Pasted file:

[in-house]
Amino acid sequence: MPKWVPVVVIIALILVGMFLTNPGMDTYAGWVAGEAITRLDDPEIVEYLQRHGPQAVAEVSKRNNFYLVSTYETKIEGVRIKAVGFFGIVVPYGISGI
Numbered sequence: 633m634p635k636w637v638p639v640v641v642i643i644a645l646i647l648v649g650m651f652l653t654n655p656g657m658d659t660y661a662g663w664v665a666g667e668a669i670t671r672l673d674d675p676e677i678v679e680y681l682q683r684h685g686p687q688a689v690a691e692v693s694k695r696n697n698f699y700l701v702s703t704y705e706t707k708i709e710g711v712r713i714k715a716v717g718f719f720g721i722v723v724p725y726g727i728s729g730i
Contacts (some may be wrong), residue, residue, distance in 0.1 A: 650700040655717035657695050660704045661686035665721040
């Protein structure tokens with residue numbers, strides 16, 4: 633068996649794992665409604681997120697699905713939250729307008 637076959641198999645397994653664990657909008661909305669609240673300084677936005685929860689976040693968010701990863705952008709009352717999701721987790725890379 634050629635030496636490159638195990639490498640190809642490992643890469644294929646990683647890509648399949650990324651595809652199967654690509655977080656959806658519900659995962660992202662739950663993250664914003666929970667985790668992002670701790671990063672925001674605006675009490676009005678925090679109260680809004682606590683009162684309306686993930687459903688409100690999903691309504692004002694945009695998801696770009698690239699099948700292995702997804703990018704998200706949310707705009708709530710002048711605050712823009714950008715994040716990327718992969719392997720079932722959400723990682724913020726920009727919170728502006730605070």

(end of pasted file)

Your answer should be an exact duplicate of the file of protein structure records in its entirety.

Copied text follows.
[in-house]
Amino acid sequence: MPKWVPVVVIIALILVGMFLTNPGMDTYAGWVAGEAITRLDDPEIVEYLQRHGPQAVAEVSKRNNFYLVSTYETKIEGVRIKAVGFFGIVVPYGISGI
Numbered sequence: 633m634p635k636w637v638p639v640v641v642i643i644a645l646i647l648v649g650m651f652l653t654n655p656g657m658d659t660y661a662g663w664v665a666g667e668a669i670t671r672l673d674d675p676e677i678v679e680y681l682q683r684h685g686p687q688a689v690a691e692v693s694k695r696n697n698f699y700l701v702s703t704y705e706t707k708i709e710g711v712r713i714k715a716v717g718f719f720g721i722v723v724p725y726g727i728s729g730i
Contacts (some may be wrong), residue, residue, distance in 0.1 A: 650700040655717035657695050660704045661686035665721040
């Protein structure tokens with residue numbers, strides 16, 4: 633068996649794992665409604681997120697699905713939250729307008 637076959641198999645397994653664990657909008661909305669609240673300084677936005685929860689976040693968010701990863705952008709009352717999701721987790725890379 634050629635030496636490159638195990639490498640190809642490992643890469644294929646990683647890509648399949650990324651595809652199967654690509655977080656959806658519900659995962660992202662739950663993250664914003666929970667985790668992002670701790671990063672925001674605006675009490676009005678925090679109260680809004682606590683009162684309306686993930687459903688409100690999903691309504692004002694945009695998801696770009698690239699099948700292995702997804703990018704998200706949310707705009708709530710002048711605050712823009714950008715994040716990327718992969719392997720079932722959400723990682724913020726920009727919170728502006730605070």